Paul Lambert has little credibility amongst the Celtic support.
When, in the past, his name was linked with the Celtic job the response of the supporters has been derision.
I should know. I wrote a piece exploring the possibility and have never heard the end of it.
I accept that he would have been a dreadful choice, and he’ll never be remotely considered as an acceptable candidate again.
Today he has been vocal in defence of Neil Lennon, his mate, and accused those offering criticism of the performances as being “hysterical.”
But when you are attempting a defence on those grounds you better be sure you aren’t engaging in your own hyperbolic raving … and, well ….
He directed much of his ire at Mo Elyounoussi for the crime of looking at his phone … and he did not hold back.
He let his complete lack of even the smallest sense of proportion overcome his rationality and showed us the true meaning of hysteria.
“”I’m only going on what I seen on the TV but you look at the lad Elyounoussi on his phone, I know there’s been a big thing with that, you’re letting Celtic Football Club down, you’re letting the great Jock Stein down, you’re letting the Lisbon Lions down …. Celtic is an organisation, it’s not just an ordinary football club. It’s steeped in history … if you don’t grasp it and think it’s going to be easy and think you can take the club lightly, you’ll get found out and rightly so.”
Let’s go over this again; Elyounoussi glanced at his phone.
Whilst sitting in the stand. After he’d at least put in a modest shift out on the pitch.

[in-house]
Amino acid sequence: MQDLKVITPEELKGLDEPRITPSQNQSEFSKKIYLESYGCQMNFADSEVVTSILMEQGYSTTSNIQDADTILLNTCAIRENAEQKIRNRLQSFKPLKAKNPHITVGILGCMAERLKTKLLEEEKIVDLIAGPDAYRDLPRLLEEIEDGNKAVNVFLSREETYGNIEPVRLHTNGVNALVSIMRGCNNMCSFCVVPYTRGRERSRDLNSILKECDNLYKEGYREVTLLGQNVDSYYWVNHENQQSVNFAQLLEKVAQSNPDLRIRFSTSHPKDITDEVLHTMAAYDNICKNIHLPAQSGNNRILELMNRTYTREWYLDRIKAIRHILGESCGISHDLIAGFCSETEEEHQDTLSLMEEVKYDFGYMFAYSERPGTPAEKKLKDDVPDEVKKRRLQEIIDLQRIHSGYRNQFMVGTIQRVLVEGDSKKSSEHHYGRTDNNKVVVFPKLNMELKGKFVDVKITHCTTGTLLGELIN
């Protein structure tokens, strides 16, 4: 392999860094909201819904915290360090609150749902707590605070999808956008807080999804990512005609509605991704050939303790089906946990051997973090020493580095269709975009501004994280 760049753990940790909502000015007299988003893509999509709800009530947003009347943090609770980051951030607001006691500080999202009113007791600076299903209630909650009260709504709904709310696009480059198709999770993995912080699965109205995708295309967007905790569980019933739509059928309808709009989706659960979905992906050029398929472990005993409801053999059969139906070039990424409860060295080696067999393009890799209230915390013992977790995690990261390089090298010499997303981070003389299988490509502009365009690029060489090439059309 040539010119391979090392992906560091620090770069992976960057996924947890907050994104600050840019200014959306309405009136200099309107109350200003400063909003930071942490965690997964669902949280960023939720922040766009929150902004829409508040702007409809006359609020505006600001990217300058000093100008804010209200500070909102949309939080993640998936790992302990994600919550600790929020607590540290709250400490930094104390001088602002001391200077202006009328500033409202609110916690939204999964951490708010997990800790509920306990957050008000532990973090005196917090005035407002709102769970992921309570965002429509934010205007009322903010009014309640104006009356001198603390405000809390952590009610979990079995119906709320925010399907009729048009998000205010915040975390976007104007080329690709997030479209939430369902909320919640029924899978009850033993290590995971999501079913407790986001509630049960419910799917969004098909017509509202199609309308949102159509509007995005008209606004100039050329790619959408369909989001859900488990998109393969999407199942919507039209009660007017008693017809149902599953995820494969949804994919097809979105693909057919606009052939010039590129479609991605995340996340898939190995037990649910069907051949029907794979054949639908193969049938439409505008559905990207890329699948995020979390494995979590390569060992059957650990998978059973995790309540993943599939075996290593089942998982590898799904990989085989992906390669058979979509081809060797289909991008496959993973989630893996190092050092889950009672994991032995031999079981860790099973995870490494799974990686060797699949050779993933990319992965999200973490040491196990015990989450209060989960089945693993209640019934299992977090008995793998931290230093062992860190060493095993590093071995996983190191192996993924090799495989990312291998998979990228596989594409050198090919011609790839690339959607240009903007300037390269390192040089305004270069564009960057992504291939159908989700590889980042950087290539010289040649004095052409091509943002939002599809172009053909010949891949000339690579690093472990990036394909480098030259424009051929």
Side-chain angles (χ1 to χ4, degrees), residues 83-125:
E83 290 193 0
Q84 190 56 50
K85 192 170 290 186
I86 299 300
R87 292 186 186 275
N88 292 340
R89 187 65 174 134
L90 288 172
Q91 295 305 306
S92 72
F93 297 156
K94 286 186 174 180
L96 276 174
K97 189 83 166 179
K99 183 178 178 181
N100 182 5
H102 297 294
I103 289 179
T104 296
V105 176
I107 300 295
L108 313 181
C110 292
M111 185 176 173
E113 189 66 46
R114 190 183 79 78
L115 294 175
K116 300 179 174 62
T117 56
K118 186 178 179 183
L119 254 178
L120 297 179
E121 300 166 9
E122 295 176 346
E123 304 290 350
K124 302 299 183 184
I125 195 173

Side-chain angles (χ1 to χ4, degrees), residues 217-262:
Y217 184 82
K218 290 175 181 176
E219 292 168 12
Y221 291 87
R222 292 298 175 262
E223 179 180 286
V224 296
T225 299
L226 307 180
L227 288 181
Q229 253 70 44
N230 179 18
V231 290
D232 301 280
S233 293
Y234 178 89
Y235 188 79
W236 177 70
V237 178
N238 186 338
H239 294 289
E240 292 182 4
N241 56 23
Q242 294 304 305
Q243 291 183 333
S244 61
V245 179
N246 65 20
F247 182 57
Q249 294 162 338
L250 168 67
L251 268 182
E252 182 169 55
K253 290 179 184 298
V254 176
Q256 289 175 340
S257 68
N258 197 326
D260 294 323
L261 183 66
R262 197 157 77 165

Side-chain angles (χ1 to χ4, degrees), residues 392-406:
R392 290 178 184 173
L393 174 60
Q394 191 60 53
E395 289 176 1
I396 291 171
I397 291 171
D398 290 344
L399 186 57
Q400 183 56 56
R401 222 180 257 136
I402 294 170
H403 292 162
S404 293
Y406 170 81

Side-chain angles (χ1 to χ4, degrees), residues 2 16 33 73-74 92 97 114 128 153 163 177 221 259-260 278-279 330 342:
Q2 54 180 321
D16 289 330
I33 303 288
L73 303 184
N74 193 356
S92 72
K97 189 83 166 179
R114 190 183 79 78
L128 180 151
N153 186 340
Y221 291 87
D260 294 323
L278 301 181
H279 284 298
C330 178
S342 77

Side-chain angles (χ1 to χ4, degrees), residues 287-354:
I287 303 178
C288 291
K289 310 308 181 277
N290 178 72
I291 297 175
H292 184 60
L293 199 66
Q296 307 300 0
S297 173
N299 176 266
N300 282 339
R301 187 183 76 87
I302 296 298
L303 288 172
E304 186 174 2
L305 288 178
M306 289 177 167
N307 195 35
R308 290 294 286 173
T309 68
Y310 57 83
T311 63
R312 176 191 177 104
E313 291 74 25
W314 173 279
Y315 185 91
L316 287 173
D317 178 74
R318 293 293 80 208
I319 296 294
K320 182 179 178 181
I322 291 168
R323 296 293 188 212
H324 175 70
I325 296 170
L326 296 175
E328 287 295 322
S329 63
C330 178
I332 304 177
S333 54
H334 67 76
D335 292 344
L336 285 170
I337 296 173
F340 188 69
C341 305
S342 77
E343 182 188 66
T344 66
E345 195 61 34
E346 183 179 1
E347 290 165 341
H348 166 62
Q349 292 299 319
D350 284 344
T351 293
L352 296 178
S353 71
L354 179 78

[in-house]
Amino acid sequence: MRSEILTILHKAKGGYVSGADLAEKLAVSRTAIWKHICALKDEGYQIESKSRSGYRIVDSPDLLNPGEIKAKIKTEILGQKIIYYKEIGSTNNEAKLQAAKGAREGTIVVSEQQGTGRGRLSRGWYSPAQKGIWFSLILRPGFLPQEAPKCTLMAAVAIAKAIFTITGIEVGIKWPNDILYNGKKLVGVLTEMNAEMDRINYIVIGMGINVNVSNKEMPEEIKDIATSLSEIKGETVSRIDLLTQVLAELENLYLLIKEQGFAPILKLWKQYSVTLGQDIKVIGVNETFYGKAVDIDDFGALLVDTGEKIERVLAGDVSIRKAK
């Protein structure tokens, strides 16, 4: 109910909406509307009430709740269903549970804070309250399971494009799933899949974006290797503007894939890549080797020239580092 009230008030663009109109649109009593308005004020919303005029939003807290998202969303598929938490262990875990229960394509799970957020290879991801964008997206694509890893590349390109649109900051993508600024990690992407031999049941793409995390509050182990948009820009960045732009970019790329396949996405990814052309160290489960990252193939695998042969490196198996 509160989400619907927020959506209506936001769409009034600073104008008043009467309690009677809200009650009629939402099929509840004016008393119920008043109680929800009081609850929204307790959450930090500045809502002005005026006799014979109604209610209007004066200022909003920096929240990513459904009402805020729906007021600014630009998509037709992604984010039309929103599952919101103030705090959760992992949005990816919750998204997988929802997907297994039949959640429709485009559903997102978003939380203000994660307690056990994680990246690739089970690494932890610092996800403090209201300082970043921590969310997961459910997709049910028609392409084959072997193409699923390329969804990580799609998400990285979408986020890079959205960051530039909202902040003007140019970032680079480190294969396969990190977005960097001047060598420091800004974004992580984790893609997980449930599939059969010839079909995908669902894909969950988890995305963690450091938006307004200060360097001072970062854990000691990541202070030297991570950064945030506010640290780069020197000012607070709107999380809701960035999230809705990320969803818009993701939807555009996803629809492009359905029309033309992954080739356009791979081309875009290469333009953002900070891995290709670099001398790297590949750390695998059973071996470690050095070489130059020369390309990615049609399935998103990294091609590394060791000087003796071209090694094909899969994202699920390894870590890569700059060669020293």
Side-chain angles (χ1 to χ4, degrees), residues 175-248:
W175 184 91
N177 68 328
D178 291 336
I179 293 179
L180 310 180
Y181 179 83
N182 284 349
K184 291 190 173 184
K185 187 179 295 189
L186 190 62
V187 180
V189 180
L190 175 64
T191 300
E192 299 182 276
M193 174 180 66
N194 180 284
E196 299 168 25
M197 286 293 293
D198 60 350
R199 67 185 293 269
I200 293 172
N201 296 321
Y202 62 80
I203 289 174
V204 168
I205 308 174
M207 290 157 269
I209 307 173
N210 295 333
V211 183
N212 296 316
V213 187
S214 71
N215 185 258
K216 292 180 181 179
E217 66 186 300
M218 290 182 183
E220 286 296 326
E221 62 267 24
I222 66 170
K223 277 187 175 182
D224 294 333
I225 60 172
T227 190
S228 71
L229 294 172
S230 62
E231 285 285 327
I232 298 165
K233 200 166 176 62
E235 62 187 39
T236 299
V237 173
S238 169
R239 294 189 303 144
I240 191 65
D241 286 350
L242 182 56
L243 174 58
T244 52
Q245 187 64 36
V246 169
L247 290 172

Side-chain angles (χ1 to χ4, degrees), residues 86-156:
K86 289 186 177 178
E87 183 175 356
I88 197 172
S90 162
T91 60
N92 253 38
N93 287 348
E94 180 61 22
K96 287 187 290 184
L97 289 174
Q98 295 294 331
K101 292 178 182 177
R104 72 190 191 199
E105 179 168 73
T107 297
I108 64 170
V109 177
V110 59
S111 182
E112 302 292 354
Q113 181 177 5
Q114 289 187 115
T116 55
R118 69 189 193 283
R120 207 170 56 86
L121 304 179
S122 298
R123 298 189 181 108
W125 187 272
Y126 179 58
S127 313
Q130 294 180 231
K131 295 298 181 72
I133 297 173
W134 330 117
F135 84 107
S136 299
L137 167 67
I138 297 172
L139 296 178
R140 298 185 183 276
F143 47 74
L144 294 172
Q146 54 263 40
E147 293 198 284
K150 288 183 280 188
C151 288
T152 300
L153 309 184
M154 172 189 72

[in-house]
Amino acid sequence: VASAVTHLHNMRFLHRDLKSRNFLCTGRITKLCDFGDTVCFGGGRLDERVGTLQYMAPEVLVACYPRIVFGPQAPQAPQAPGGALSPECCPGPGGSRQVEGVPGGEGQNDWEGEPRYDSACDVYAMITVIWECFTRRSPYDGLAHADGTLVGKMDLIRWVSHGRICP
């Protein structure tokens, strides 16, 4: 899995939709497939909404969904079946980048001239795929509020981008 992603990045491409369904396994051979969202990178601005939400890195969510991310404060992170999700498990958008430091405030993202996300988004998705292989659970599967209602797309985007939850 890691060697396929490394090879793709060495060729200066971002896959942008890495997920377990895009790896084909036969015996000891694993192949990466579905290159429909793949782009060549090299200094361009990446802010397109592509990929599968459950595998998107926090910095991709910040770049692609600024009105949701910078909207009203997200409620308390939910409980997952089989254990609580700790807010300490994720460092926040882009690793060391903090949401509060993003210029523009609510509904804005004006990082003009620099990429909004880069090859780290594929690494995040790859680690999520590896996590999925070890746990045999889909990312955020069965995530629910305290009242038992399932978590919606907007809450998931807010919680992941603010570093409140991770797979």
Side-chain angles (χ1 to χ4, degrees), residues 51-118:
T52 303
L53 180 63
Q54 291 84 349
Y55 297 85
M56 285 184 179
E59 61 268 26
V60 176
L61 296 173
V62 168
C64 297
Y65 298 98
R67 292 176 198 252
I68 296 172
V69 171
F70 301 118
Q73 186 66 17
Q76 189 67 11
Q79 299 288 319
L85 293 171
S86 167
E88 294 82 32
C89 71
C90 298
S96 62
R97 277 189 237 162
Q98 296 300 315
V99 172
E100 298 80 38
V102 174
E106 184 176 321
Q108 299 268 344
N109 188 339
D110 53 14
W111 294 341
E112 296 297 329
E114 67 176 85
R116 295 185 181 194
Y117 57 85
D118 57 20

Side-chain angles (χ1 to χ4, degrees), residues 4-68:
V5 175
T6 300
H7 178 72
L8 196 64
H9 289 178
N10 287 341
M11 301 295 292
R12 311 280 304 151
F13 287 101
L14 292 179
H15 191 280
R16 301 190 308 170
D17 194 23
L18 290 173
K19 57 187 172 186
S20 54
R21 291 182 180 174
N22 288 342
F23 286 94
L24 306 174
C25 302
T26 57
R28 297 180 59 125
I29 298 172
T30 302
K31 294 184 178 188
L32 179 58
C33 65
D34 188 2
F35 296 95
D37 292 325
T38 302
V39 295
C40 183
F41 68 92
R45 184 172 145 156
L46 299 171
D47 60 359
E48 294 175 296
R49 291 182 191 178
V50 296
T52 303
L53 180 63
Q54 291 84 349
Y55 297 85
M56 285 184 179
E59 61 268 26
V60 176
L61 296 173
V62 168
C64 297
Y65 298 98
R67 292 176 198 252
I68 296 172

He took his eyes off the game for a moment.
I mean, it’s not like there was a Presidential election happening somewhere, or anything?
I am sure there isn’t one of us who wasn’t looking at his phone last night during that disgrace; I myself had one eye on the battle for America.
To be frank, what I was watching happen on the pitch made me wish I’d had both eyes on it.
I could almost have stomached more of Trump than watch that abject disgrace.
Elyounoussi did not disgrace Celtic last night, or the memories or reputations or achievements of those great men; what brought their legacy into focus was that performance, that result, that shambles and the ones that it reminded us of; Cluj, Copenhagen and Ferencvaros. Sevco twice in a row now, one of them the most abject performance against an Ibrox team I’ve ever seen.
This defence of Lennon is understandable, coming as it does from people who played alongside him and who consider him a friend … but the scattergun nature of it (Sutton is still blaming Leigh Griffiths for it, the guy who scored last night’s goal and saved Lennon’s bacon at Pittodrie) betrays its lack of internal logic and consistency.
It is simply not tenable.